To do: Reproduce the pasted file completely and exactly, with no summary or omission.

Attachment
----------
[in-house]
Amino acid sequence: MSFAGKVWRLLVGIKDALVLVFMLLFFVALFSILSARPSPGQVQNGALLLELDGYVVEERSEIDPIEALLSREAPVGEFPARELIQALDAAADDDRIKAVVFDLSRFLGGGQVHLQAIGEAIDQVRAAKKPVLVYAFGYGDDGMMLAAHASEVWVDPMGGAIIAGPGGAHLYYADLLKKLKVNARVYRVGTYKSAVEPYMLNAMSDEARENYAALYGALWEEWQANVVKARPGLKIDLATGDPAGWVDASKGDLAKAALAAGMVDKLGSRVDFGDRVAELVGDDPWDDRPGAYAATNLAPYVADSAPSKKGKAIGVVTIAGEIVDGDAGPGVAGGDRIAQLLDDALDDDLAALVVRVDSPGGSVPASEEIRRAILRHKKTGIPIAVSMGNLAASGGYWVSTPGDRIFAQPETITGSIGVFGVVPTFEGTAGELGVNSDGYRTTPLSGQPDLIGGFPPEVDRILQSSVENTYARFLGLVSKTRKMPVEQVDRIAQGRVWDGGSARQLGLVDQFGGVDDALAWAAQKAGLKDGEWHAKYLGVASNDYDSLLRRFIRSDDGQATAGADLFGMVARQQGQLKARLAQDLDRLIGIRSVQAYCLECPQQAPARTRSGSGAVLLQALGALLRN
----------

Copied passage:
[in-house]
Amino acid sequence: MSFAGKVWRLLVGIKDALVLVFMLLFFVALFSILSARPSPGQVQNGALLLELDGYVVEERSEIDPIEALLSREAPVGEFPARELIQALDAAADDDRIKAVVFDLSRFLGGGQVHLQAIGEAIDQVRAAKKPVLVYAFGYGDDGMMLAAHASEVWVDPMGGAIIAGPGGAHLYYADLLKKLKVNARVYRVGTYKSAVEPYMLNAMSDEARENYAALYGALWEEWQANVVKARPGLKIDLATGDPAGWVDASKGDLAKAALAAGMVDKLGSRVDFGDRVAELVGDDPWDDRPGAYAATNLAPYVADSAPSKKGKAIGVVTIAGEIVDGDAGPGVAGGDRIAQLLDDALDDDLAALVVRVDSPGGSVPASEEIRRAILRHKKTGIPIAVSMGNLAASGGYWVSTPGDRIFAQPETITGSIGVFGVVPTFEGTAGELGVNSDGYRTTPLSGQPDLIGGFPPEVDRILQSSVENTYARFLGLVSKTRKMPVEQVDRIAQGRVWDGGSARQLGLVDQFGGVDDALAWAAQKAGLKDGEWHAKYLGVASNDYDSLLRRFIRSDDGQATAGADLFGMVARQQGQLKARLAQDLDRLIGIRSVQAYCLECPQQAPARTRSGSGAVLLQALGALLRN